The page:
The Commercial Observer has published a comprehensive report asserting that non-union employees are gaining ground in construction work in the NYC area. The headline, Organized Labor Doesn’t Have the Grip They Once Did Thanks to ‘Open Shop’ indicates that high costs within the construction sector are driving the trend to larger projects using a mis of union and non-union labor.
“New York is becoming an open-shop town.”
That’s what Jay Badame, the president and chief operating officer of AECOM Tishman, said at a panel discussion late last month at the Union League Club in Midtown South hosted by the law firm Zetlin & De Chiara.
It was a blunt assessment from the head of the city’s largest construction management company.
Examples of open shop projects include:
Essex Crossing, a 1.9 million sq. ft. office, residential and retail projects in nine buildings, developed by a consortium of L+M Development Partners, BFC Partners and Taconic Investment Partners. (L+M Builders Group –a L+M subsidiary — and T.J. Nickel are general contractors.)
1 Wall Street, a residential conversion of the 944,000 sq. ft. building, including interior demolition and preconstruction services. Gilbane Building Company was the general contractor for the first phase of the work on the Macklowe Properties initiative.
333 Schemerhorn St. in Boerum Hill, Brooklyn (the Hub) was completed through open shoop by New Line Structures.
The article indicates that much of the open shop activity for larger projects is an extension of the traditional non-union relationships for smaller-scale residential projects.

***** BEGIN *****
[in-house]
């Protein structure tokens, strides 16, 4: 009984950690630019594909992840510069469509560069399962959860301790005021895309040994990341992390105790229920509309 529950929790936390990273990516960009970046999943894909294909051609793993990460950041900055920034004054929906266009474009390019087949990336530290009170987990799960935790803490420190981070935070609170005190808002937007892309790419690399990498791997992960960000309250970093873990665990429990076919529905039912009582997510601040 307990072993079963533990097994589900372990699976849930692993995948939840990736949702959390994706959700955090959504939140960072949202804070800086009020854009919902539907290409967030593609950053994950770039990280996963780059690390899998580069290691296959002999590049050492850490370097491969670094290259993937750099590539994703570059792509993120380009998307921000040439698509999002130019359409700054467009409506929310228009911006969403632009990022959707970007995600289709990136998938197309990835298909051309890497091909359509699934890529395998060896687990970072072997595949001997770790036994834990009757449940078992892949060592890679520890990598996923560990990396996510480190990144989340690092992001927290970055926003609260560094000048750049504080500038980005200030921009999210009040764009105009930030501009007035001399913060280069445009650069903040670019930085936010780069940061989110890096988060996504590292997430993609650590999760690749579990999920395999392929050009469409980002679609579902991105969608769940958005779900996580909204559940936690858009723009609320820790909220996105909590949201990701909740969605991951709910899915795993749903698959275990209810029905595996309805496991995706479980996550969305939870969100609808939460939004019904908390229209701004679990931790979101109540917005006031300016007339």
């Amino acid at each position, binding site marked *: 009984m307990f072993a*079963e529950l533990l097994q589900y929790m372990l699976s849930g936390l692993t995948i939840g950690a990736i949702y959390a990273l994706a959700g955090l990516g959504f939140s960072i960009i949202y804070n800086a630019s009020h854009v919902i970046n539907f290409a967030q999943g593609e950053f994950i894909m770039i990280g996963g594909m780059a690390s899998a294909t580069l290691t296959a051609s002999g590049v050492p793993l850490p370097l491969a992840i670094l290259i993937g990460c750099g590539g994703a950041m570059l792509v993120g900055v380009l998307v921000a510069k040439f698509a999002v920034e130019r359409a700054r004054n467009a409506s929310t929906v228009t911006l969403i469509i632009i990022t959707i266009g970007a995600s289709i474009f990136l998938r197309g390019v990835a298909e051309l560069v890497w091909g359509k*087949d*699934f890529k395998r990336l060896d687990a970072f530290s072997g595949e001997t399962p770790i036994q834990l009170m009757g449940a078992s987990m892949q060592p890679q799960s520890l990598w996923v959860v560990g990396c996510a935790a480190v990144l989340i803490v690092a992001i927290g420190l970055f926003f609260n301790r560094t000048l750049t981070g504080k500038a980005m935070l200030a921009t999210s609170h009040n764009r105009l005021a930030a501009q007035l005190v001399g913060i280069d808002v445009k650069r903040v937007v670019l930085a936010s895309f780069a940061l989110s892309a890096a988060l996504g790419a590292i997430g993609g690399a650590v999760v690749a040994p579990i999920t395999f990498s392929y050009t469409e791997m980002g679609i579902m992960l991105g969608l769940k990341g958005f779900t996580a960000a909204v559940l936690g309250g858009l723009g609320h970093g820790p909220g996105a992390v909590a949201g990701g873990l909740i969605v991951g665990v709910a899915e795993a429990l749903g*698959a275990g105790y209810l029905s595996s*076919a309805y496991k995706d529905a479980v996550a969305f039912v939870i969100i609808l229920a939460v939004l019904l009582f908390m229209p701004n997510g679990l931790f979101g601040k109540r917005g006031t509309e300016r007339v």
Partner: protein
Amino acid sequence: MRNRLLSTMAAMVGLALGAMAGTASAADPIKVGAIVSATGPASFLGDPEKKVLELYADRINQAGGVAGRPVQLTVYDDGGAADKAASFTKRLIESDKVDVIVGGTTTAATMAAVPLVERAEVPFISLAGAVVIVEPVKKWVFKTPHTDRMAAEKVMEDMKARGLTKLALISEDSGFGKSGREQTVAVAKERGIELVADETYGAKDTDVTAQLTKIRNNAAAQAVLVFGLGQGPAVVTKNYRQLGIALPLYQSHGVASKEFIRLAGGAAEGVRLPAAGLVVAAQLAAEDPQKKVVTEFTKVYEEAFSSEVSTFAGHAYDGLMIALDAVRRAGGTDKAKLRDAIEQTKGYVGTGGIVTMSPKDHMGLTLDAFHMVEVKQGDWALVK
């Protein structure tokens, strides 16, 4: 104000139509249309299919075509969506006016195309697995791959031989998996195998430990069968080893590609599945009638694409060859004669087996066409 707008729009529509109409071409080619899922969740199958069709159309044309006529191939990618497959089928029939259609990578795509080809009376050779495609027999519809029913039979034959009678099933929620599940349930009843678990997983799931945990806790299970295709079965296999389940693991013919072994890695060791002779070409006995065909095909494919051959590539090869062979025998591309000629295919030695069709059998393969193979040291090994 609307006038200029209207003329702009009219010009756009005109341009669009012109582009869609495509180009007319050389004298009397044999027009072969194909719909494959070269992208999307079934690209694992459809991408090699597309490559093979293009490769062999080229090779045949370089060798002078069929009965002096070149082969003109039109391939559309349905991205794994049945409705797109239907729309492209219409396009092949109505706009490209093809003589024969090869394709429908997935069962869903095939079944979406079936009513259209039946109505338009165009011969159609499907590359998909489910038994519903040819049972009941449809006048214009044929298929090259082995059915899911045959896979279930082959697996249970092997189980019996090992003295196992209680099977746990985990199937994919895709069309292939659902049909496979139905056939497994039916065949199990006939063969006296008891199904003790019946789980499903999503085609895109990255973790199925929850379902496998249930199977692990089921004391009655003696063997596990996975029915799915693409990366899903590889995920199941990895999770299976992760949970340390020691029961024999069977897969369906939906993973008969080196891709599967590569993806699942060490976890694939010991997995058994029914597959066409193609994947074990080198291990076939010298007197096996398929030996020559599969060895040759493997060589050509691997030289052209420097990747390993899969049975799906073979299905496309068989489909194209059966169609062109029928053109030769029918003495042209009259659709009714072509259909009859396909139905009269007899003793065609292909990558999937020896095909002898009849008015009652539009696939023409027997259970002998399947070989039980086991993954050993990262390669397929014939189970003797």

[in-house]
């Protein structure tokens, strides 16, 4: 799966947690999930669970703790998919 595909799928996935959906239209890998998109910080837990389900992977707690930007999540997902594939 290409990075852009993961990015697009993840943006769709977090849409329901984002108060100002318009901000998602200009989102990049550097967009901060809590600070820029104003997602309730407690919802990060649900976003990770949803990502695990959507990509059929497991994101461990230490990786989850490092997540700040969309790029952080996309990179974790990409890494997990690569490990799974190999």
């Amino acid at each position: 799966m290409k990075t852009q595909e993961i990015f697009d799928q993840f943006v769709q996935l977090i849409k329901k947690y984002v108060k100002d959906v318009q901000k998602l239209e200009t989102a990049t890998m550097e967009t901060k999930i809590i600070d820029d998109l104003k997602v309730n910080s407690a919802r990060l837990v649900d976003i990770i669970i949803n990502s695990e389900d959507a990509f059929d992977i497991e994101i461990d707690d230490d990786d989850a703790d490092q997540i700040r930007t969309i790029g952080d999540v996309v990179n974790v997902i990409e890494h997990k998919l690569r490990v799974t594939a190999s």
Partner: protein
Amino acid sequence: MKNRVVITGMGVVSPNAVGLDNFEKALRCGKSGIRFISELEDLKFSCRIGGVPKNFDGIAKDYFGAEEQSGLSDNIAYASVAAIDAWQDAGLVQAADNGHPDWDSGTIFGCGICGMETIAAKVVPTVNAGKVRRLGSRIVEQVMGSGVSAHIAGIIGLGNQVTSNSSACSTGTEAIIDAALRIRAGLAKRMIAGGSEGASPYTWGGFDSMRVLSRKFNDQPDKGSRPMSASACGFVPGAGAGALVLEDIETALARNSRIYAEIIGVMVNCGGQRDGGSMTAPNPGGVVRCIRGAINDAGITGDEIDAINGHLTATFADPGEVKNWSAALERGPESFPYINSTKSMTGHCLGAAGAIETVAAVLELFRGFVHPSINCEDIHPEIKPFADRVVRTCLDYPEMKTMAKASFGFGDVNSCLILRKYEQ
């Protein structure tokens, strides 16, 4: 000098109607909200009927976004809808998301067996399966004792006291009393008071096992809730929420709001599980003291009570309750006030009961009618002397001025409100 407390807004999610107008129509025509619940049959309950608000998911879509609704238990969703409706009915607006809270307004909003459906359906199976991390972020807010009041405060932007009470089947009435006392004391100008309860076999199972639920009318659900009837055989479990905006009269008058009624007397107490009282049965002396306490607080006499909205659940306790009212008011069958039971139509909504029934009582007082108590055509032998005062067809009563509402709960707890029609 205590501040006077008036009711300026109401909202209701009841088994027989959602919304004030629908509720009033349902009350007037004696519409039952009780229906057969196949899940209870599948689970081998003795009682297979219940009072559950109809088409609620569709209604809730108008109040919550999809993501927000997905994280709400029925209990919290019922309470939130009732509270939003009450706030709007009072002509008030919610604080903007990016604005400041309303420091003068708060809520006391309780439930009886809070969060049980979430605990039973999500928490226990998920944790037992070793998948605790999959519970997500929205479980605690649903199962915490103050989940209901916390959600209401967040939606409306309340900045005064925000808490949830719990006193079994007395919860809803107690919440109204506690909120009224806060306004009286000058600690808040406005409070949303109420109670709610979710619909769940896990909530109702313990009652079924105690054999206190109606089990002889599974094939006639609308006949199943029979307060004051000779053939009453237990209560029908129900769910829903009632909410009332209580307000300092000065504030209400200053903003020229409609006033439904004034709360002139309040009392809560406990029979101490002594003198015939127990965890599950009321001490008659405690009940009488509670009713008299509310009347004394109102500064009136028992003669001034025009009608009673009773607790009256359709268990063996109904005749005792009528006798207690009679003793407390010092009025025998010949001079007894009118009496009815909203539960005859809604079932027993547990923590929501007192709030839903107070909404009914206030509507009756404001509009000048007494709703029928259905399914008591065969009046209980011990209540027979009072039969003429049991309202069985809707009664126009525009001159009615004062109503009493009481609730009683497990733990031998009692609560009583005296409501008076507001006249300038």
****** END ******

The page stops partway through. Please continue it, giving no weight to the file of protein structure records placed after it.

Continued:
Organized labor representatives assert that the bulk of non-residential work within NYC remains unionized, and even in the Open Shop environment, the majority of the workers on site belong to the building trades.
Gary LaBarbera, the president of the Building Trades Council of Greater New York, which represents more than 100,000 union workers, contends that small housing projects across the outer boroughs have historically been done nonunion, and as a result unions aren’t actually losing market share.
“(Open shop) is just in the residential marketplace. For decades there has always been a nonunion presence,” LaBarbera told CO. “I’m sure you get calls from REBNY and my friends over there, and I say that sarcastically, because they’re pushing that the unions are losing strength in the area.”
At the same time, LaBarbera pointed out that many open-shop projects have a strong union presence—in some cases “70 percent or 80 percent” union workers, making them essentially union sites.